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From Coach to Caddie...

Despite caddying one of his England Women charges to the premier title in the world of ladies’ amateur golf – at Augusta National no less – Yorkshire Men’s coach Steve Robinson has no plans for a career change.

“I said to Lottie [Woad] ‘what have you got in here, it weighs a ton?’!” He did take time out to send Matt Fitzpatrick’s renowned caddie Billy Foster a message however, saying the job was a bit of a doddle.

Reflecting on a win that lifted her to no. 2 in the world rankings, and earned entry into all the 2024 Women’s Majors, Robinson said: “She did great, didn’t she? Sleeping on a two-day lead is a bit different" – especially when the final round is at the home of The Masters – “and though I hadn’t caddied for her before, we’d been to a couple of European Team finals.

“I help people set up their game plans, and with no lasers being allowed at Augusta, it helped that I’m a bit of an old school numbers bloke, so it made sense.”

20-year-old Woad, from Farnham in Surrey, led the field after 36-holes of qualifying on the Champions Retreat course, before moving for the climax across to Augusta National.

She had been overtaken by American Bailey Shoemaker, whose tournament record of -6 put her in pole position and after bogeying 13, Woad was two shots off the lead.

“We had a bit of a chat,” added the Sandburn Hall-based Robinson, a four-time England Golf Coach of the Year. “Lottie was on the clock and that was flustering her a bit. But we’d spoken about that on the Friday night – someone coming out of the pack to overtake her. I’d done the pins on the Saturday morning and they were really accessible. It didn’t mean you birdied them all, but there were chances.”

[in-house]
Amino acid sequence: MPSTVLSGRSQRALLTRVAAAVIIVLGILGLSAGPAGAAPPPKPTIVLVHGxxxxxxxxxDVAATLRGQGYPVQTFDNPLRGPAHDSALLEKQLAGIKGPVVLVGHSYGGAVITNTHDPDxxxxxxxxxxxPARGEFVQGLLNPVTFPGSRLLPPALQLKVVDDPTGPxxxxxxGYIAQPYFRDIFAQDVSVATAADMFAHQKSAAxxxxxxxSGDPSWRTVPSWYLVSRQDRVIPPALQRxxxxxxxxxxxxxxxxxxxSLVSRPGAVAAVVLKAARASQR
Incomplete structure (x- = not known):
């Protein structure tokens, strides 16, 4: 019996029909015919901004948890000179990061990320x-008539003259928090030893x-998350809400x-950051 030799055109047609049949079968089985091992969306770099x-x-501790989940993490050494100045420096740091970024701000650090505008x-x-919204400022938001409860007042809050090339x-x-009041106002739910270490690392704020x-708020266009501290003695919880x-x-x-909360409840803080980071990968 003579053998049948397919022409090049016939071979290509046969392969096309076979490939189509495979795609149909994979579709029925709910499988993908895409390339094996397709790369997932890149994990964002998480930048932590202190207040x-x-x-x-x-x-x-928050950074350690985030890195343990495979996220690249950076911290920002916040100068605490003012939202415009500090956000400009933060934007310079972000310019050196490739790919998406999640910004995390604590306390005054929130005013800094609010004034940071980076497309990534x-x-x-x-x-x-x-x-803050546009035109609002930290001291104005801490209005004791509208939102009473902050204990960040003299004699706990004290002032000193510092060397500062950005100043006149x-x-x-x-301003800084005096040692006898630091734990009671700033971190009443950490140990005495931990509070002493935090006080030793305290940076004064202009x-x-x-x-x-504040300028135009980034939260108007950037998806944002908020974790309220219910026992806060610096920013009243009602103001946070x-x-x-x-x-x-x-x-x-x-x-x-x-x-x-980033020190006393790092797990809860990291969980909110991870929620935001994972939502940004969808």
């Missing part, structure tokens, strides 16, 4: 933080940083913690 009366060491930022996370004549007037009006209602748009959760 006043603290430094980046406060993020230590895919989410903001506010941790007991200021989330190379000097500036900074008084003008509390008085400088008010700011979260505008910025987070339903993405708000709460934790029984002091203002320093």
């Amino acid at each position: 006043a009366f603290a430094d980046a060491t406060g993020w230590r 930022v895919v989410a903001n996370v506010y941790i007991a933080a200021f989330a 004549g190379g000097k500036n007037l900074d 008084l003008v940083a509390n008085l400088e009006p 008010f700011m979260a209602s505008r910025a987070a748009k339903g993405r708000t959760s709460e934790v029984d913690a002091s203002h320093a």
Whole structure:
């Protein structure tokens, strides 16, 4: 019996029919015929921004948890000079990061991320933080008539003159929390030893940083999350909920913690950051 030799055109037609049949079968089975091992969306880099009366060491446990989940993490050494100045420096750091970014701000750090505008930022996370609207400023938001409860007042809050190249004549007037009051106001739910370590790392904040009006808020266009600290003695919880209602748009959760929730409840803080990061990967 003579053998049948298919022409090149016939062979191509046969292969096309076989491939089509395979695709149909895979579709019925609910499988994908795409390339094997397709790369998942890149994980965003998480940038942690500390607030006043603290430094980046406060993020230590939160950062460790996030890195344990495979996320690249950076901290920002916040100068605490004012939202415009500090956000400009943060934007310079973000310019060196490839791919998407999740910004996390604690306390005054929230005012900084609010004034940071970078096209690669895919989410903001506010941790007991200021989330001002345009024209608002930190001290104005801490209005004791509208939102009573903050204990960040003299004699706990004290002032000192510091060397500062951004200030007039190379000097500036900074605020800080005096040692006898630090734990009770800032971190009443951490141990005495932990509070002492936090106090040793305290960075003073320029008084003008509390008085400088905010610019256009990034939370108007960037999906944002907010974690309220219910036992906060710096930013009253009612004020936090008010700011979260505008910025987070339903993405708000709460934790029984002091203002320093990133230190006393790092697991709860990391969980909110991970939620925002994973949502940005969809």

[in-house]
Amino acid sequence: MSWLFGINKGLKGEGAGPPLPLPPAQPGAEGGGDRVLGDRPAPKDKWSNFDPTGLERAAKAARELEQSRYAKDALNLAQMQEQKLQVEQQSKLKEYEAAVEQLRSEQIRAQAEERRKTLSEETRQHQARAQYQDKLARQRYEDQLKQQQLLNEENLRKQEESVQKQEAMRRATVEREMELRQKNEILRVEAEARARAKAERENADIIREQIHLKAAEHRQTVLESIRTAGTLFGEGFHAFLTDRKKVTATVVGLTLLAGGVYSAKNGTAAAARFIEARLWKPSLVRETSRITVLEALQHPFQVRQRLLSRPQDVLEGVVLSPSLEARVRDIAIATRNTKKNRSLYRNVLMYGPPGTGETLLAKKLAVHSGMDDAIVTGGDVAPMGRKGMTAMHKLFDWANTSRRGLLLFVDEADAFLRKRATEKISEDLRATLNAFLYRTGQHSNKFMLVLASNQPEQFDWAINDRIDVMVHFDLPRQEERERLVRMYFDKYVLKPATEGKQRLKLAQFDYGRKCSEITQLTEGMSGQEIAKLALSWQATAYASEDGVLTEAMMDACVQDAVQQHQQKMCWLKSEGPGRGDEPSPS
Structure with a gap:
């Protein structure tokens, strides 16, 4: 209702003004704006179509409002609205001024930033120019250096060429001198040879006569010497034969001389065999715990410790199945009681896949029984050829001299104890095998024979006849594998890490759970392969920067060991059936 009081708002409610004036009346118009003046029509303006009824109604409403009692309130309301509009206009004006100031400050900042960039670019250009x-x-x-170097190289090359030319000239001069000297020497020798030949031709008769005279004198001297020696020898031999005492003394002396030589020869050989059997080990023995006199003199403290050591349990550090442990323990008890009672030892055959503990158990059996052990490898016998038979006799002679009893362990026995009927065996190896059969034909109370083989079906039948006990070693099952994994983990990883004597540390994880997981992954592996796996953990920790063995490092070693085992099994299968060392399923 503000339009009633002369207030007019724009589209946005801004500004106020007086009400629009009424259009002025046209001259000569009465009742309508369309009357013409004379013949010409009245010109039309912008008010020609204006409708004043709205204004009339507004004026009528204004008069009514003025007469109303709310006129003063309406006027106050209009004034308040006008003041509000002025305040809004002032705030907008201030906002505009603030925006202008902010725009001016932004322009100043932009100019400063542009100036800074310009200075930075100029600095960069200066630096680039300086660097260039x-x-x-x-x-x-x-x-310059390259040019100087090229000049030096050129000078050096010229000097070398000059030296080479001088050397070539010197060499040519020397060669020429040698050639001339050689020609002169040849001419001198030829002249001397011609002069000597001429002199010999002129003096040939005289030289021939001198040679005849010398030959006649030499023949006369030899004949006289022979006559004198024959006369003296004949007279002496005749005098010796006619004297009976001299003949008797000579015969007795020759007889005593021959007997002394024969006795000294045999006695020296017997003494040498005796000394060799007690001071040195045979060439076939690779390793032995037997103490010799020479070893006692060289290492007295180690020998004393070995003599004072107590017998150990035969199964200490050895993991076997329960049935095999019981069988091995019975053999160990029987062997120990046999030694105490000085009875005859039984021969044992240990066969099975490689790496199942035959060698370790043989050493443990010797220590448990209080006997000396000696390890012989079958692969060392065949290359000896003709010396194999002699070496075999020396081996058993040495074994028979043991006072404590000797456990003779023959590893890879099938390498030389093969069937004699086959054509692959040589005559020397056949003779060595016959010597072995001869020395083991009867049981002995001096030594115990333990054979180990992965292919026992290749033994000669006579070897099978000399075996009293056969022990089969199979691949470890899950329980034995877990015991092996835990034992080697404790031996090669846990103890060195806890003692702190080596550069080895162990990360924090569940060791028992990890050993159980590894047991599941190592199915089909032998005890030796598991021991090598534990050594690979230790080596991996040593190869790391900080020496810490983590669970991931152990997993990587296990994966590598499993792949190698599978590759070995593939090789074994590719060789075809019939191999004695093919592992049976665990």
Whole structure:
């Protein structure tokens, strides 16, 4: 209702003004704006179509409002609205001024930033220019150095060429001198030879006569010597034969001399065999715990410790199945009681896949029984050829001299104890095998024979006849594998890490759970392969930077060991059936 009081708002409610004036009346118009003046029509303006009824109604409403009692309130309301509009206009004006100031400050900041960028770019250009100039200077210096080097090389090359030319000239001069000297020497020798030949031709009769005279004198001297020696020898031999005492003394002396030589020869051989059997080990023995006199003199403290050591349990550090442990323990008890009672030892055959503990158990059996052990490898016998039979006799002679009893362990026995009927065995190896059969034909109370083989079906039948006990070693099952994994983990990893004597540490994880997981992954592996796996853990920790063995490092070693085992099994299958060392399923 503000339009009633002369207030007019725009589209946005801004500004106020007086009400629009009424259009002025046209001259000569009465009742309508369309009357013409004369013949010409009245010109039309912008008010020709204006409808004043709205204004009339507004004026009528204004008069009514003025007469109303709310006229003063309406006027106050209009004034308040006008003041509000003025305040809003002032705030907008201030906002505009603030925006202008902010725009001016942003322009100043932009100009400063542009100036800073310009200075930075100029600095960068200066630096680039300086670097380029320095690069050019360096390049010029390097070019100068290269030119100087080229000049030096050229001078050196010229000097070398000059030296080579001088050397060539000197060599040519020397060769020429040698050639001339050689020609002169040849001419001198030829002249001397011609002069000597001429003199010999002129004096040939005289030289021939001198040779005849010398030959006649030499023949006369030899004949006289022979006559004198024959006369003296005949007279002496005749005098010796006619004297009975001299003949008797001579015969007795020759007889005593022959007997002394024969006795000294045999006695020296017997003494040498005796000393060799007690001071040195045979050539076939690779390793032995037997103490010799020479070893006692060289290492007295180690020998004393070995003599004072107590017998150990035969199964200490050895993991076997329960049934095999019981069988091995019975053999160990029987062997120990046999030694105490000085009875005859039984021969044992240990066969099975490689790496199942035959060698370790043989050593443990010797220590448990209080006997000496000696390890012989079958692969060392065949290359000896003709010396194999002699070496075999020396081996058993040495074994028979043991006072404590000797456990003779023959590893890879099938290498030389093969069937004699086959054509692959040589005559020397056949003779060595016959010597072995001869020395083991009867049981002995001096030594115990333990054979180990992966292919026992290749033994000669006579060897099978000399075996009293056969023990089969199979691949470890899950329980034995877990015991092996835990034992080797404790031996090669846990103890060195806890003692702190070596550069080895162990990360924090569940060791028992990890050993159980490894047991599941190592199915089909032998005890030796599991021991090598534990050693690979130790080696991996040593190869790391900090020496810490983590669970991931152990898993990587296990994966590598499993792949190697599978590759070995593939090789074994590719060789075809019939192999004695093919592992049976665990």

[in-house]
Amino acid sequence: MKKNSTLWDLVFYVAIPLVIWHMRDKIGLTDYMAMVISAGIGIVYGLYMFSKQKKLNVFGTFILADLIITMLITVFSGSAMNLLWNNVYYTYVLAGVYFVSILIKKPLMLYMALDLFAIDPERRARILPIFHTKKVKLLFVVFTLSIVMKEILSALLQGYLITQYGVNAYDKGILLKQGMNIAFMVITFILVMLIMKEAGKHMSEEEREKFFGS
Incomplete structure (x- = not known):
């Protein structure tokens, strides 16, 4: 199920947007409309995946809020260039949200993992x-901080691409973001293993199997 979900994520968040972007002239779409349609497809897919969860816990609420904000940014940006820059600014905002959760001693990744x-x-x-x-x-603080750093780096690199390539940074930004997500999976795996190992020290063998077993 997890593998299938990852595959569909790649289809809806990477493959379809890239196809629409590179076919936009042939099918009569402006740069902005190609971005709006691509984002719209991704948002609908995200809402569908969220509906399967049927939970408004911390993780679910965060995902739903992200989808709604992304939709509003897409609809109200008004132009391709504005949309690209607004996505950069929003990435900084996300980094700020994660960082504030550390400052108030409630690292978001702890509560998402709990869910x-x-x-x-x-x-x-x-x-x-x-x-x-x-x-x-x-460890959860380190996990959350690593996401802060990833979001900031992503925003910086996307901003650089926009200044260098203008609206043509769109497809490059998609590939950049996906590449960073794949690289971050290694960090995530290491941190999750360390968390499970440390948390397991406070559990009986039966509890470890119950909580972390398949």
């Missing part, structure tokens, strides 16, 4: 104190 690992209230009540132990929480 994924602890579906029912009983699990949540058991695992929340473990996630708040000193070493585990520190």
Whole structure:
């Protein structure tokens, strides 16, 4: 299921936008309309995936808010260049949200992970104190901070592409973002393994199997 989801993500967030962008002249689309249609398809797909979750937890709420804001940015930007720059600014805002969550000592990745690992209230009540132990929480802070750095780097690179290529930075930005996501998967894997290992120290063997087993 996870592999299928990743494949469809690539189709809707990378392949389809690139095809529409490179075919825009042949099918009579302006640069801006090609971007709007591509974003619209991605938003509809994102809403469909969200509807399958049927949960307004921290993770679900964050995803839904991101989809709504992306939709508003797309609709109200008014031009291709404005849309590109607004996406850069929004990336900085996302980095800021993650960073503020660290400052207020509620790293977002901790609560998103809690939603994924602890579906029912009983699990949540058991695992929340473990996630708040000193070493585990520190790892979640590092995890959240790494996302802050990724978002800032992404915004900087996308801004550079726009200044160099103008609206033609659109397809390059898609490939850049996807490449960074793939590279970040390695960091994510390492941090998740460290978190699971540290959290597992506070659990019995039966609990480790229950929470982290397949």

As for nerves coming down the stretch? “It was massive, but it was funny, we weren’t nervous at all. We’ve been to six European finals and won four – you can’t get more nervous than nervous! Lottie was really calm and knew she had a job to do.”

Woad’s putter was on fire as she birdied three of the last four holes, hitting the middle of the fairway on 18, then sinking a double-breaking putt to lift the Augusta National Women’s Amateur Championship.

It wasn’t all sweetness and light however. Robinson, who has a week booked in Florida working with Sheffield United fan Matt Fitzpatrick, laughs: “Lottie’s a Leeds United fan. Her dad’s from Yorkshire, so the first thing we did was rush to check if Leeds had beaten Coventry. They’d lost. That was a bit of a downer for us, really.”

Still, Robinson has more than just winning memories to take away from Augusta. “I first watched the Masters aged 11 and it’s taken me 48 years to get there.

“They took the famous white overalls off you afterwards – but they said they’ll wash and press them, then send them to me!”

Some memento!

The win earned Woad golfer entry into all the women’s 2024 Majors and first up was the Chevron Championship at Carlton Woods, Texas. While the tournament was a record-equalling 5th consecutive win for Nelly Korda, Woad showed she has what it takes to mix it at the top level with a solid -1 total to finish in a tie for 23rd alongside English compatriots Charley Hull and Georgia Hall.

Had she declared herself professional, Woad would have brought home $71,000.

Coach Robinson thinks it will be interesting to see how the second year student at Florida State fares in the rest of the Majors – the US Open, USPGA, Evian Championship and The Open.

“I think Lottie will see how she performs in those events and then maybe have a discussion about the future.”


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